I had a friend who, after a long and successful career, retired and made his way to the rocking chair on the front porch of his house in a nearby small Mississippi town. He quickly found that he had far too much energy and an equally great need to partake of the give-and-take of human interaction to allow himself to waste away on that porch. He discovered a niche in the automotive world at the lowest end possible and converted a vacant spot of ground near his house into a used car lot. Now this was the perfect place for one to dispose of that old clunker with a couple of hundred thousand miles on it. My friend would in turn sell that well-worn vehicle to a client who would generally come by every Friday afternoon to make a payment. He would get a premium if the air conditioner was still reasonably cool. On occasion before sealing a deal, my friend the used car dealer would be asked by a potential buyer if there were any warranties or guarantees on the vehicle that had caught the customer’s eye. My friend’s answer was always the same, “Yes sir! I guarantee you that if you drive it off this lot and it breaks half-in-two, both halves are yours!”
I thought of this scenario the other day as I watched President Barack Obama, fresh from the triumphant Presidential contest and the glory of an inauguration before the largest crowd ever assembled for such an event, plunge into the business of governing. Rarely has any newly-minted President had to launch his version of the ship of state into such troubled waters. Had every decision made in those first days been perfect there would have been no assurance of success, given the shear magnitude of the nation’s problems needing hour-by-hour attention. Alas, even as he attempted to put the starting lineup of his cabinet together, President Obama discovered that the sword of personal scandal cuts both ways. He quickly found that when the “tax man” is involved, there are skeletons in the Democratic closet just as there are in the Republican closet. Several opportunities to be persuasive on pressing matters of policy were lost to the necessity of defending the President’s reasoning for cabinet and sub-cabinet level selections which were in fact flawed based on bad personal decisions of the respective nominees.
Regardless, there is no stopping the show, and the big question has begun to loom heavily upon the horizon: When do the myriad of problems of the previous Republican administration become the dilemmas of the current, new Democratic administration? In short, when does President Obama become the sole and proud new owner of the issues of the day? When does the title to the machinery of government, complete with all of the dents and rattles, change hands? There is ample evidence that that process is indeed well underway. Problems big and small are fast acquiring the fingerprints of the Obama administration. The minute the new President announced that he would be closing the military detention center at Guantanamo Bay, he began paying the price of ownership in the media. Stories of “enemy combatants” who had been released only to return to battle immediately followed. The conduct of the winding down of the war in Iraq and the buildup of troop strength in the war in Afghanistan are both taking on the appearance of Obama-owned projects. The same can be said for the next move made by the United States with respect to Iran. The sigh of relief on the part of weary Republicans is perhaps audible as yet another old “clunker” of an issue passes to the other side of the aisle.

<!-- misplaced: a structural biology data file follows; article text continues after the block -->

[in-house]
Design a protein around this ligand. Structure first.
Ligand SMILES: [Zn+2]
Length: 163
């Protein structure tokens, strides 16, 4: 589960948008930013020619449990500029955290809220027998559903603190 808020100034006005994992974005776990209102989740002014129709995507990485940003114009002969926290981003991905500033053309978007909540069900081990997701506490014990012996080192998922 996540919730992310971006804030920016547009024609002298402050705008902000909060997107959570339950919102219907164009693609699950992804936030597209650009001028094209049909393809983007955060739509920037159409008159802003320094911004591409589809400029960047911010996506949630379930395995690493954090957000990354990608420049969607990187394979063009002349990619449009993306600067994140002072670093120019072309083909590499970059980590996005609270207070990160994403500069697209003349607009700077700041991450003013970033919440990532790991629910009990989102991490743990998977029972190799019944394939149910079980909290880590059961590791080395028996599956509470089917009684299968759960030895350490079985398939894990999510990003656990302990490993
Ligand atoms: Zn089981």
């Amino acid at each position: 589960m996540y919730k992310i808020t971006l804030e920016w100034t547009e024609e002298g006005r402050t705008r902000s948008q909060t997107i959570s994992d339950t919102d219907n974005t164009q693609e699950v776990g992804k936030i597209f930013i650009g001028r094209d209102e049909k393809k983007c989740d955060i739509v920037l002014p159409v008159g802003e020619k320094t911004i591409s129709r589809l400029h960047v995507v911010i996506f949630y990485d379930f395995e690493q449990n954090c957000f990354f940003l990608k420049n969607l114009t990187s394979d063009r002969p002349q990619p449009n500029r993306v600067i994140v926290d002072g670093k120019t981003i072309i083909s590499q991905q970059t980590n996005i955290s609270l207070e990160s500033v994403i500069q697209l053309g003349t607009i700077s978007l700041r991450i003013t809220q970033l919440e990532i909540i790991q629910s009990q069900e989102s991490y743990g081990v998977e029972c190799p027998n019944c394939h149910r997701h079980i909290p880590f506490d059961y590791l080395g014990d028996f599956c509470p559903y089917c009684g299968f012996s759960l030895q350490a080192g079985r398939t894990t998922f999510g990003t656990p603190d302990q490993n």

No doubt the issue that overshadows all of the others is the “gargantuan” economic crisis. If this were not such a deadly serious matter, the give-and-take between the leadership of the Republicans and Democrats on how to avert a depression and minimize a recession would be great sport. It is clear that the Republican effort to hand over ownership of the economic crisis to the new administration is more akin to turning loose of a tiger’s tail. Will the tiger turn on the Republicans as obstructionists, or will it devour the Democrats as proponents of full blown socialism as many detractors have charged? The 2010 mid-term elections must have seemed a mere glimmer on the far horizon only a few weeks ago, but now they seem as though they are just around the corner. We are living in treacherous times. With all of the issues crowding the stage, as always there are threats and opportunities for both parties. But one thing is certain. President Obama is now in the drivers seat of the machinery of government and we are fast approaching the point where “if it breaks half-in-two,” whether fair or not, “both halves are his.”
Dr. William Martin Wiseman is Director of the John C. Stennis Institute of Government and Professor of Political Science at Mississippi State University. Dr. Wiseman’s email is firstname.lastname@example.org.
Contact MBJ contributing writer Mary Wiseman at email@example.com .
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